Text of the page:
Law Law Land: A Very Blue oKCtober, or Why No One in Kansas City Has Worked Since September

I have never particularly liked baseball. I've lived in some baseball-heavy cities, played the requisite childhood softball, and gone to a fair amount of games with my dad. Still, I never really cared for the game so much as the stadium nacho cheese. I was an exclusive basketball enthusiast, and even if I were to discover a passion for baseball, it sure as hell wasn't gonna be because of the laughingstock, perpetually abysmal hometown Kansas City Royals. And yet, something happened last fall. When my roommates and I got caught up in a wild card game that took us from the last night of September to the first minutes of October, I felt invested. Sure, partially it was creating the feature length movie we decided had to result from this game, one we subsequently cast with A list celebs and added some artistic subplots to (Love Diamond, coming soon to a theater near you). But that night, I rooted for the Royals as a fan. I witnessed the loyalty, grit, and energy that the Kansas City Royals offered a city that has gone through a renaissance in recent years. For the first time, I got it.

Fast forward a year later, and the madness is intoxicating. I've always believed sports bring communities together in a way nothing else can, and being a part of this Royals postseason has made that abundantly clear. Friendships at the office cropped up over that wild thriller last night. Strangers high fived in lines and on the street. The game was always on, everywhere you went, and it was the unifying cultural conversation everywhere you looked. We were all cheering for the same team, and even those who have never watched a entire sporting event in their lives went out to buy a t-shirt because it was just that exciting and this team was just that likable. I have never seen a sea so vibrantly blue as Kansas City has been the last month.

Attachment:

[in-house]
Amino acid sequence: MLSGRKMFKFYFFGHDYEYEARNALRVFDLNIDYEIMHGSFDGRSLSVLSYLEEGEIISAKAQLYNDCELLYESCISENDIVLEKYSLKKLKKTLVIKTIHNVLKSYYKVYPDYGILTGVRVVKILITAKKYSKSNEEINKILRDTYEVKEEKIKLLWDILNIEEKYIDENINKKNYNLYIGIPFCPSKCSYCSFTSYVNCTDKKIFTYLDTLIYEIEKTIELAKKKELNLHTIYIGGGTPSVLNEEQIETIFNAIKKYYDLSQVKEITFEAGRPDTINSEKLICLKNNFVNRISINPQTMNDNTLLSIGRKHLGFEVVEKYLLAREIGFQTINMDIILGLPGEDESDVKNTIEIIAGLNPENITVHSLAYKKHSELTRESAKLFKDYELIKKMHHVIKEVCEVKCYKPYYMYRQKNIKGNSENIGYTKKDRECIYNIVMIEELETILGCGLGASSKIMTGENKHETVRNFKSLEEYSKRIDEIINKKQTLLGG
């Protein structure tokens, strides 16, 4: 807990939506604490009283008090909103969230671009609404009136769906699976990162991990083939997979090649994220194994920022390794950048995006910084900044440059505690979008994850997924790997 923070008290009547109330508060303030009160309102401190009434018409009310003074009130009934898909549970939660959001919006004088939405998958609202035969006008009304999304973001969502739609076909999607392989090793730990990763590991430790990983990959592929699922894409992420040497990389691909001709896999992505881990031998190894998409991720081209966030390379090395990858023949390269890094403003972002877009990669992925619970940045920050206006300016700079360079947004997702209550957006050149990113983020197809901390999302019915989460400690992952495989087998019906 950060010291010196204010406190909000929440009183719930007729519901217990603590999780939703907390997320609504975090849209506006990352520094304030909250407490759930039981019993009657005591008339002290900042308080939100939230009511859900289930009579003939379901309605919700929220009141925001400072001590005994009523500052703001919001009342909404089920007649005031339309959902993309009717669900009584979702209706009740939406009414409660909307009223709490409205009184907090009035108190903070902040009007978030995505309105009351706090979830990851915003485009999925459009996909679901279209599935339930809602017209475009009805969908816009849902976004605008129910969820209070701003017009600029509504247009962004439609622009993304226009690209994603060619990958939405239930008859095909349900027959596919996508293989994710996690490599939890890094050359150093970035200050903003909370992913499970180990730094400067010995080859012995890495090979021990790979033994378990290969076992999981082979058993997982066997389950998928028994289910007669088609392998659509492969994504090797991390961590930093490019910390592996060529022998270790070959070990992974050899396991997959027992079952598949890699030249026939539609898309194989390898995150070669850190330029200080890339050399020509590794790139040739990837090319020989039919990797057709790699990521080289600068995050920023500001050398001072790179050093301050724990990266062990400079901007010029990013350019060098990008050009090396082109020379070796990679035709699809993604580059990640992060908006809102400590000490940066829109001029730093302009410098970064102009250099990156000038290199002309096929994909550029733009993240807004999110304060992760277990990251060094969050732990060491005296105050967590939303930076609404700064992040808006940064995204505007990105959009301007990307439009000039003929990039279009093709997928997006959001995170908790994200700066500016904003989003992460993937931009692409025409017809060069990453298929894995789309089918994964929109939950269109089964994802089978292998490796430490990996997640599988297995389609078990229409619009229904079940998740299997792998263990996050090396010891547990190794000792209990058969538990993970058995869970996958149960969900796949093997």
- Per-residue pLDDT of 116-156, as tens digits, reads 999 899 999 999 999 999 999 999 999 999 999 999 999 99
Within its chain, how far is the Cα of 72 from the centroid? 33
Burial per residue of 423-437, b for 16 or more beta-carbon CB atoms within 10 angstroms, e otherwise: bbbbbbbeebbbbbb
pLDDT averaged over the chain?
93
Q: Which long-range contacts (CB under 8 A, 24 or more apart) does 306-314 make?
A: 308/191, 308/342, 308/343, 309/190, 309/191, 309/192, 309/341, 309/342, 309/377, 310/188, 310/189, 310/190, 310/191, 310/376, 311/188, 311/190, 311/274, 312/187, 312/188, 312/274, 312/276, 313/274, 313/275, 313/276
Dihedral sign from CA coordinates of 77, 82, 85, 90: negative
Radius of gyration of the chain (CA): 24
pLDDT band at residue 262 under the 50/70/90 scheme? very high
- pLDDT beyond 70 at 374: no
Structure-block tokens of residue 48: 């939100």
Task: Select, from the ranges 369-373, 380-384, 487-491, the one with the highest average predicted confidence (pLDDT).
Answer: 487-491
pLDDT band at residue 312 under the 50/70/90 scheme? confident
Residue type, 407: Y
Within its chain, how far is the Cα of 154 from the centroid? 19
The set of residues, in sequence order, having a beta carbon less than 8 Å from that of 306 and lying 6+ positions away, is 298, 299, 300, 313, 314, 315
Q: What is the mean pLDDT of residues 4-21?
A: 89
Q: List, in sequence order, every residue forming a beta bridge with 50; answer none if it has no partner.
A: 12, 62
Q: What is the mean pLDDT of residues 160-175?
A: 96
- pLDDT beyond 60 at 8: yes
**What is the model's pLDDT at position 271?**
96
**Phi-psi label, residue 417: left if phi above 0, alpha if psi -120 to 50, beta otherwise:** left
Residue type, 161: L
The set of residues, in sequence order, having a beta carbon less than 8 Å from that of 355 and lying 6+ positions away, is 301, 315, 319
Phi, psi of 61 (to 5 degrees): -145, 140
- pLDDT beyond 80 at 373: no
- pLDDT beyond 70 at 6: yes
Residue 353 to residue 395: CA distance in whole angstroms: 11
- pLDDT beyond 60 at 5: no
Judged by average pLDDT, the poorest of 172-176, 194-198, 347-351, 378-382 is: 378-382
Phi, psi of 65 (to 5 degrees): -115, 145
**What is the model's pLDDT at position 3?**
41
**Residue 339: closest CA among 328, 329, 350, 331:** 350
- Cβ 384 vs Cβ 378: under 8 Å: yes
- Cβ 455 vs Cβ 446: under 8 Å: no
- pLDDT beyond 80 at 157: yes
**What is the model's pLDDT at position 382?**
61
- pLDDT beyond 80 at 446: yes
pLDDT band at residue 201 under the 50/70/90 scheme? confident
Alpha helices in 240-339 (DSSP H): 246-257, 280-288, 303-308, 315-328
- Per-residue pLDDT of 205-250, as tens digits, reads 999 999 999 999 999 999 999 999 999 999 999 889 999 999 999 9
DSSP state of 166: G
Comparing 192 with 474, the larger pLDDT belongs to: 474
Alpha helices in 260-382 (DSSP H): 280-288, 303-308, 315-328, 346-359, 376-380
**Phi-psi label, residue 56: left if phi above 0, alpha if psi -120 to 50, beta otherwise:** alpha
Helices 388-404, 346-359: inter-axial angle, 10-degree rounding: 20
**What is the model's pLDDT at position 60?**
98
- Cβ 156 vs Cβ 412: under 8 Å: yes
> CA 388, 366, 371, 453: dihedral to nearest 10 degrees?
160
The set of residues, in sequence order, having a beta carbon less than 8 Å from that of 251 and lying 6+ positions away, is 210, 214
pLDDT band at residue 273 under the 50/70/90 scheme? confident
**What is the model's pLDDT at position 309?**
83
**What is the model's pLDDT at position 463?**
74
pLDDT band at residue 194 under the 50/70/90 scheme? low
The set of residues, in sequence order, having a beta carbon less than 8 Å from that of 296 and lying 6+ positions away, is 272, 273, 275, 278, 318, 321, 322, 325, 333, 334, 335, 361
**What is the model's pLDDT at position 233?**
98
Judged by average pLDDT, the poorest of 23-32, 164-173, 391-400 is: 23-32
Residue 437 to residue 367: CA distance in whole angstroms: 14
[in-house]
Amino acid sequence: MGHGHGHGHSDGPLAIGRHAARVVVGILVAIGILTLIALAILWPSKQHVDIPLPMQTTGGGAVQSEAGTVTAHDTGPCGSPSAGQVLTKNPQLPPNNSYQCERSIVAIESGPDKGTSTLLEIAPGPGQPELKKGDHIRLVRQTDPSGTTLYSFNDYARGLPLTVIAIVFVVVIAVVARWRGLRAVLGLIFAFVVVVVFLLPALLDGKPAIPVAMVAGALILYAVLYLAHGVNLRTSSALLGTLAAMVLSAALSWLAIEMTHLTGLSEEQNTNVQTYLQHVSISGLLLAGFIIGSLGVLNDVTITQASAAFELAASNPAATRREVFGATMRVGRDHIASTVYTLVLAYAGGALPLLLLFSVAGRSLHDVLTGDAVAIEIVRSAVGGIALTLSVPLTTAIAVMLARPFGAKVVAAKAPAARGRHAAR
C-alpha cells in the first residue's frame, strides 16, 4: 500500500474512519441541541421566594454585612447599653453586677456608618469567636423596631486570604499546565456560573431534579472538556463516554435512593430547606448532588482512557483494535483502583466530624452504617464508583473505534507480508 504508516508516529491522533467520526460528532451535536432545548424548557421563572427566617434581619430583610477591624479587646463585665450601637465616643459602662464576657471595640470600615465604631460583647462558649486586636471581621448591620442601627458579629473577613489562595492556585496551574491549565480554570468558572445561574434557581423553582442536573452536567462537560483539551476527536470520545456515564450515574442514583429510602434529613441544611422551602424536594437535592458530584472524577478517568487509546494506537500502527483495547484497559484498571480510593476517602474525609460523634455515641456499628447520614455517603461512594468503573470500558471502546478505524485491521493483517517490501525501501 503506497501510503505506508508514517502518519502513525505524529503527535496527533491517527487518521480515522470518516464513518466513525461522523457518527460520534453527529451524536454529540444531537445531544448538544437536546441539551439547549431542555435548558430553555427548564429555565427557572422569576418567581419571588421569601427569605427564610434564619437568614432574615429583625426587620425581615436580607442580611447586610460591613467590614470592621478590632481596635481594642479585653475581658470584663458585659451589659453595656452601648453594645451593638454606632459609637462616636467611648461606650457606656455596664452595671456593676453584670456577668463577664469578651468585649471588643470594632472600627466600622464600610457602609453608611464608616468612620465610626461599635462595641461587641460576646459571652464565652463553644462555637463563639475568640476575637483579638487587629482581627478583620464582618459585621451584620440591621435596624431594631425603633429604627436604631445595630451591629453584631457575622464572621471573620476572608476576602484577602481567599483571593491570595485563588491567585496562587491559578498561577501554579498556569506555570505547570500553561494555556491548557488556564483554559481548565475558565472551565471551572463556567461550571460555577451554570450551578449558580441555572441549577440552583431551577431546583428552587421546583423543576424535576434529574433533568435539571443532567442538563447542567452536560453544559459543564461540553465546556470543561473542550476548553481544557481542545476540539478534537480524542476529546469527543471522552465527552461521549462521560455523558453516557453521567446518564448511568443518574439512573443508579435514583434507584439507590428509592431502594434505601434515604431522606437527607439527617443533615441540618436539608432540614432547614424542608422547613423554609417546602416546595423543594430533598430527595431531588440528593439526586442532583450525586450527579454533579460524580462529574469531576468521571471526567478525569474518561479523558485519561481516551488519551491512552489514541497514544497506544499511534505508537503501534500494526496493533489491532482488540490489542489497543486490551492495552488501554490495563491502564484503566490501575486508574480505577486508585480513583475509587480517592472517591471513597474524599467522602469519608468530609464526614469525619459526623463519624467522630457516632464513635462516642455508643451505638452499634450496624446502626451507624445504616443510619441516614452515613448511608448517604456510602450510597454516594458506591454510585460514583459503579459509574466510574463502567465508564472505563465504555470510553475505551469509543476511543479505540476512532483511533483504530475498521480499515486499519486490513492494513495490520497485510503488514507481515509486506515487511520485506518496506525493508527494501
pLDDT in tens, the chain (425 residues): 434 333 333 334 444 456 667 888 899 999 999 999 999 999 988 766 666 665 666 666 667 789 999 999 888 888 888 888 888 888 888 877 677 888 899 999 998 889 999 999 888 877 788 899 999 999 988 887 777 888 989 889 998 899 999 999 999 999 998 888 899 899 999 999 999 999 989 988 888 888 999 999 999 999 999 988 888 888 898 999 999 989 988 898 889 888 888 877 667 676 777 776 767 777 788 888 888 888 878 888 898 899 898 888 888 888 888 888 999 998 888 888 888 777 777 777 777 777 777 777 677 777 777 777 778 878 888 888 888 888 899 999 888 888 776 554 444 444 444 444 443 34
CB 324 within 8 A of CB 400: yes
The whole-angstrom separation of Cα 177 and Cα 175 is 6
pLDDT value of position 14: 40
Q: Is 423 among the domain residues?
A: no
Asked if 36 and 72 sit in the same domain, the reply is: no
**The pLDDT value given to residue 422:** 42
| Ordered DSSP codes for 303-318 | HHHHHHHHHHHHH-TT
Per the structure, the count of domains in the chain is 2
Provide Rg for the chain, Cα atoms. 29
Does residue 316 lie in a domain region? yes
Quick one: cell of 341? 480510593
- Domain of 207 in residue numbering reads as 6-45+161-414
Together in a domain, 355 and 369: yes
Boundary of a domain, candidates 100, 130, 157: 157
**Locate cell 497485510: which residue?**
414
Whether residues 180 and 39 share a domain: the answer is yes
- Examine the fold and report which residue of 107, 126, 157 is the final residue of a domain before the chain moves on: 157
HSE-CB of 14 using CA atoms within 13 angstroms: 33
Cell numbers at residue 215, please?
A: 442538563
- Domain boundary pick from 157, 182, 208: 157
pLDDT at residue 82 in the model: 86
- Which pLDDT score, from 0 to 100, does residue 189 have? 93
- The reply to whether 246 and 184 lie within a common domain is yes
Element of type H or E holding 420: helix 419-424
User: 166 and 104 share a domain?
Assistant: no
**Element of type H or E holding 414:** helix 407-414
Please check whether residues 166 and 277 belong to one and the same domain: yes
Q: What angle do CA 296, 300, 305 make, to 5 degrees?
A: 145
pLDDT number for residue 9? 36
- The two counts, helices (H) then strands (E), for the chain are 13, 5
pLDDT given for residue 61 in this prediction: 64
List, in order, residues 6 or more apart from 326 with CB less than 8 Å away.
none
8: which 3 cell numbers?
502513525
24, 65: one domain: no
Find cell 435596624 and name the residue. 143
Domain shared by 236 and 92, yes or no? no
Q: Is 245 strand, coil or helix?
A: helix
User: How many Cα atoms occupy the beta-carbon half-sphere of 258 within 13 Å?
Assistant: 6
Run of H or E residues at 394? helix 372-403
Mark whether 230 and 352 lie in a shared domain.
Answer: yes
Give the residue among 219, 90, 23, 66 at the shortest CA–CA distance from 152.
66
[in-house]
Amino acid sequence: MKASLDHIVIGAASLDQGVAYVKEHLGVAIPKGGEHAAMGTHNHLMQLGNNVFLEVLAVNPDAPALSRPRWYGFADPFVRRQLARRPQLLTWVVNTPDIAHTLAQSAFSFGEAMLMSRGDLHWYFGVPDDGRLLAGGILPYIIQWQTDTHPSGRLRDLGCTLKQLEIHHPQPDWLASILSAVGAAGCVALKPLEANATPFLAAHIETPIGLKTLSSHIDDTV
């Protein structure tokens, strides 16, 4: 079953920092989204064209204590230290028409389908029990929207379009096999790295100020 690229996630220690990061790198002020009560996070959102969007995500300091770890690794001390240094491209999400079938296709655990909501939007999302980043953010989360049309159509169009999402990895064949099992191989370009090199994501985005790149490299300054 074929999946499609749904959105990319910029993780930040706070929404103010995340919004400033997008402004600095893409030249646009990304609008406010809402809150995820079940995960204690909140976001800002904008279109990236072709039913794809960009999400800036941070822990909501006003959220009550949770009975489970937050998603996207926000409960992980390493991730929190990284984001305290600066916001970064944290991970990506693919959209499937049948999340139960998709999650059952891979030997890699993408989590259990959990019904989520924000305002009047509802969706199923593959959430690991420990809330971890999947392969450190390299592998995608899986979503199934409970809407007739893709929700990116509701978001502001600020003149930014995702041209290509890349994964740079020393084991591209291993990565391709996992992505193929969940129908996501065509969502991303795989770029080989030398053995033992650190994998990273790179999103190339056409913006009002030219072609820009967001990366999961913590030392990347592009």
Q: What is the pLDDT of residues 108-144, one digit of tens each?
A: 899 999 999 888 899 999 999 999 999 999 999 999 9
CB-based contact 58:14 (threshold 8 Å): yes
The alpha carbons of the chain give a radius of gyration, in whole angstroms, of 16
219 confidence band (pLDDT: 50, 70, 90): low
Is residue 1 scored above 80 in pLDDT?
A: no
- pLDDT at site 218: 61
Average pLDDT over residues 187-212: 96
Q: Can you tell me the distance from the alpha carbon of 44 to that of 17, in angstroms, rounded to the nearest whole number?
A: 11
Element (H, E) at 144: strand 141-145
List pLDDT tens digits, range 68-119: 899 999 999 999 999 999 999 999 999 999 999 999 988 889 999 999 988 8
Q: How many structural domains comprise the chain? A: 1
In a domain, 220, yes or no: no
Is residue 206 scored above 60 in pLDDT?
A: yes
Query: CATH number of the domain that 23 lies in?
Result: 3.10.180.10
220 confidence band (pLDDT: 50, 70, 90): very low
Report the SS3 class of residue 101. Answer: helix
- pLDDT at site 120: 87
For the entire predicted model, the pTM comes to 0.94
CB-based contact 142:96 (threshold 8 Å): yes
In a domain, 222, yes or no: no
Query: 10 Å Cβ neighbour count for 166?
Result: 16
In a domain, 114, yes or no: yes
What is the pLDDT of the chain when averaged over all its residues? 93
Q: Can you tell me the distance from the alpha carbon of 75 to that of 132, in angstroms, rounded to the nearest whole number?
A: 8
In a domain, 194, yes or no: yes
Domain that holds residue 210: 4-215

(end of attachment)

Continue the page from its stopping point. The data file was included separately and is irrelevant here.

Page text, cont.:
Real sports writers can capture what this World Series run and Royals resurgence mean to the city and to the game far better than I can. There are many phenomenal journalists whose words should be studied for what good writing can be. But as a shameless bandwagon fan, I can tell you this season has been really, really fun. It is pure luck that this dizzying season coincided with moving to KC after three years in Lawrence, where the sports passion is high but distinctly different. College basketball will forever be my one true love, but there is something deeply American, wholesome, heartbreaking about baseball-- and I feel extra grateful I got to feel the electricity live. You honestly couldn't have written a better script for the past two Royals seasons (hence the movie in the works, we are accepting backers so hit me up) and it was the most entertaining, stressful, incredible sports story I've ever seen. I lost a lot of sleep and a lot of billable hours and it was worth every second.